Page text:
The timer may also include par markings, which mark the strokes for par play of each hole. These par markings remind a golfer of his progress or lack of progress through a hole.
In FIGS. 4 and 5, electronic countdown timers 60, 62 include an LED digital display of information of interest to the golfers or the golf course agent. The hole number 46, 48 and the playing time remaining 64 for that hole are shown. Total play time remaining 66, 68 may be shown, as well as time of day 70. A display of par 72, 74 for the hole or a diagram 50 of the hole may be shown. These electronic timers 60, 62 may also be designed to transmit and/or receive information such as remaining times, hole number, and location. Such transmissions may be received by course personnel in the clubhouse or driving around the course. These transmissions may help the ranger more easily enforce the course rules by admonishing a flight of golfers to speed up or even by escorting a flight to another hole. In sophisticated models, a warning buzzer or voice command may be added that can be issued from the club house or ranger's cart to players who are falling behind.
The timing system may include timers carried by individual golfers and/or carried on golf carts being used by the flight of golfers. Smaller timers may be strapped to individual golf bags or pull-carts and larger timers may be strapped to the motorized carts. A course ranger may drive up to a golfer or a golf cart to check the flight's progress or may receive electronic transmissions from a distance and then approach a problem golfer or flight of golfers.
The golf course timing method involves setting the hole indicia of numerous countdown timers to correspond to the maximum allotted playing time for each hole, starting one or more timers and giving it/them to each flight of golfers as the flight begins play. The members of each flight are advised that their fees have "bought" a specific amount of time for a golf round and that they must abide by the schedule indicated by the timer. As each flight progresses through the course, the golfers note where they are playing relative to the timer, so that they hurry their play or move ahead without completing a hole in order to keep the flow of play fairly constant and smooth.
Alternatively, means other than a timer may be used to supply information to a golfer or flight of golfers regarding what hole they should be playing on at a given time. For example, a print-out of hole number versus time of day or versus elapsed time could be given to the golfers. The golfers would be assigned this information as their schedule and advised to refer to this printed information and to their wrist watches to keep on schedule during their play. As with the method using the timer, a course agent could monitor the progress of the golfers relative to the hole vs. time information supplied to them and would adjust their position on the course, if necessary, by escorting them or asking them to move. The timing method tends to prevent tension and bad feelings between golfers in different flights, between golfers within a flight, and between golfers and course personnel, because it provides a consistent and impersonal "authority" for the control of play. Also, the timing method gives a course ranger information upon which to base fair and consistent decisions.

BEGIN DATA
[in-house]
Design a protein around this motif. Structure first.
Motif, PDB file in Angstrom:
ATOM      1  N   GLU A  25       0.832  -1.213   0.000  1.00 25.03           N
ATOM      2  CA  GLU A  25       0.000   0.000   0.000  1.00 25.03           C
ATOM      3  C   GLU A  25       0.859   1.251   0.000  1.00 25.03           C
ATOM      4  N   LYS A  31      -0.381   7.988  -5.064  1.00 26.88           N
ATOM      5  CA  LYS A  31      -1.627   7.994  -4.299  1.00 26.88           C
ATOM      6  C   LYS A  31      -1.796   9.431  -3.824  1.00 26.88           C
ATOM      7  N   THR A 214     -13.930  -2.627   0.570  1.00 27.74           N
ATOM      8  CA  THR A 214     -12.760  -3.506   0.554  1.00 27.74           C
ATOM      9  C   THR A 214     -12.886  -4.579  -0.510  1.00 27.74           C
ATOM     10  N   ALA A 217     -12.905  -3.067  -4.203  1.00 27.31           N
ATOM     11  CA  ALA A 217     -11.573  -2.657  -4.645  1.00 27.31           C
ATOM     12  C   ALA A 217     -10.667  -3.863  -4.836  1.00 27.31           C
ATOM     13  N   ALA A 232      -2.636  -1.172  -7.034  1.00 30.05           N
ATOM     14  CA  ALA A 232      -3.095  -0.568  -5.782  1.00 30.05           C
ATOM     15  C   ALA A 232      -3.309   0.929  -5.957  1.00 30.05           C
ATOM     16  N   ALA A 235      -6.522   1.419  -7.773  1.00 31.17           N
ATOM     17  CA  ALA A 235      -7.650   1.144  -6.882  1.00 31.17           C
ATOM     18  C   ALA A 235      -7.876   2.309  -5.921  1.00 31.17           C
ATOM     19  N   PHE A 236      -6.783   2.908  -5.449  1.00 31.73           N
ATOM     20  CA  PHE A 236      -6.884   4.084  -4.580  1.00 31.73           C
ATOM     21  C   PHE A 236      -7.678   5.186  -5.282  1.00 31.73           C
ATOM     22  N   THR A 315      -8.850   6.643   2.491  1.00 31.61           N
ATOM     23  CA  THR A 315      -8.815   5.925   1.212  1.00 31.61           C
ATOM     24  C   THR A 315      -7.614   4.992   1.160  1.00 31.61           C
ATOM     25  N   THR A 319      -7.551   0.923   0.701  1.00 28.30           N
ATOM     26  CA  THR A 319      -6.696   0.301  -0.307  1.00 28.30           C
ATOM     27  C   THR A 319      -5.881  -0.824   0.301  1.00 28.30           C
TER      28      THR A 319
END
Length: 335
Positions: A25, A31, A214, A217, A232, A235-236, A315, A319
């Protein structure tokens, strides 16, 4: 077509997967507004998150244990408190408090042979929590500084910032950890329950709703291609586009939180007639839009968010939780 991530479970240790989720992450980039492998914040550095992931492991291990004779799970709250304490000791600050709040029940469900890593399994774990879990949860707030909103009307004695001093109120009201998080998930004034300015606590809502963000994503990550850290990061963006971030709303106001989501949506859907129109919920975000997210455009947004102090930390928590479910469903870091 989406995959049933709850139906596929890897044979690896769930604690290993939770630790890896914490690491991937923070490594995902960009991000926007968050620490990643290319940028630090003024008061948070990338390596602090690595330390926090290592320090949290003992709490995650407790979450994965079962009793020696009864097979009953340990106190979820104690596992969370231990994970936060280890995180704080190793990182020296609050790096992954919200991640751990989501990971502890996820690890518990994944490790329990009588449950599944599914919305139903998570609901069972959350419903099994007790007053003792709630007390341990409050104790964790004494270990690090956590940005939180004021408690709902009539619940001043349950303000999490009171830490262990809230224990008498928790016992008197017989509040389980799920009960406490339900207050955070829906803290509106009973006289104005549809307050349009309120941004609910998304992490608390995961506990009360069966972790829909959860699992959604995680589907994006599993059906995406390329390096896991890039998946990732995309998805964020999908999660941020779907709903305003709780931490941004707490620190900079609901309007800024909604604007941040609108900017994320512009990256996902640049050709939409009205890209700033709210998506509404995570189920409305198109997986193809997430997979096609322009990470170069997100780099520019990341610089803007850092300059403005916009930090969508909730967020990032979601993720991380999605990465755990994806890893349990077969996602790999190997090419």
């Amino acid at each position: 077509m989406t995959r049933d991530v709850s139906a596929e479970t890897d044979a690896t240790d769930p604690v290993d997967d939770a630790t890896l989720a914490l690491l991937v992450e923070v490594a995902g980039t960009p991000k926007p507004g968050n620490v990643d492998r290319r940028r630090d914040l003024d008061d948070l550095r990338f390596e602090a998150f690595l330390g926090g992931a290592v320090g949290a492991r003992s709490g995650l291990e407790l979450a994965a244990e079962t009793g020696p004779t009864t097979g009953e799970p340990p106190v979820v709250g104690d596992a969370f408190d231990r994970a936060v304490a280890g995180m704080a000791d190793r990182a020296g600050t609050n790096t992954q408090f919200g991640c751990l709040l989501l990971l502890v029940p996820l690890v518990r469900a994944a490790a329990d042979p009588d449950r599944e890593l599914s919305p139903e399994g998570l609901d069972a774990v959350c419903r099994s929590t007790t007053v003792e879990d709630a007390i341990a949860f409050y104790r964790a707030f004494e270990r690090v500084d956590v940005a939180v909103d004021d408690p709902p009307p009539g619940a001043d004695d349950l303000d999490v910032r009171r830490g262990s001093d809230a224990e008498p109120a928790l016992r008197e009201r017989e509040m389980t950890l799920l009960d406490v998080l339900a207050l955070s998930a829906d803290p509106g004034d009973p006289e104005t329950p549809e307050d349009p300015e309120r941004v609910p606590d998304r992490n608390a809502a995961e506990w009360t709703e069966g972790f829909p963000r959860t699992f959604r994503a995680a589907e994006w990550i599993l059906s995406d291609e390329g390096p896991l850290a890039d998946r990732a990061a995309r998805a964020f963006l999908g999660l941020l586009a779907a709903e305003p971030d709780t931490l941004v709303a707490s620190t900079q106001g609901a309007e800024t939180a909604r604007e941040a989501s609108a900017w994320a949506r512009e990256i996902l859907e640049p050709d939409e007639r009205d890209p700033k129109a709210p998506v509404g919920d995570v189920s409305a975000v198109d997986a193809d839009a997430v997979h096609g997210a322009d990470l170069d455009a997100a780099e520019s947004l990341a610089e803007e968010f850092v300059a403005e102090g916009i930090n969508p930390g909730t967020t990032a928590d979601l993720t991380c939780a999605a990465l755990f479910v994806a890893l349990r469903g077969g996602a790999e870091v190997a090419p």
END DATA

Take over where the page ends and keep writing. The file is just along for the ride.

While there is shown and described the present preferred embodiment of the invention, it is to be distinctly understood that this invention is not limited thereto but may be variously embodied to practice within the scope of the following claims.
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|U.S. Classification||473/131, 368/97|
|International Classification||G04F1/00, A63B71/06, G07C1/22|
|Cooperative Classification||A63B71/06, A63B2220/13, A63B2071/0691, G07C1/22, G04F1/005, G04F1/00, A63B2102/32|
|European Classification||G07C1/22, A63B71/06, G04F1/00B, G04F1/00|
|Sep 1, 1998||REMI||Maintenance fee reminder mailed|
|Feb 7, 1999||LAPS||Lapse for failure to pay maintenance fees|
|Apr 20, 1999||FP||Expired due to failure to pay maintenance fee|
Effective date: 19990207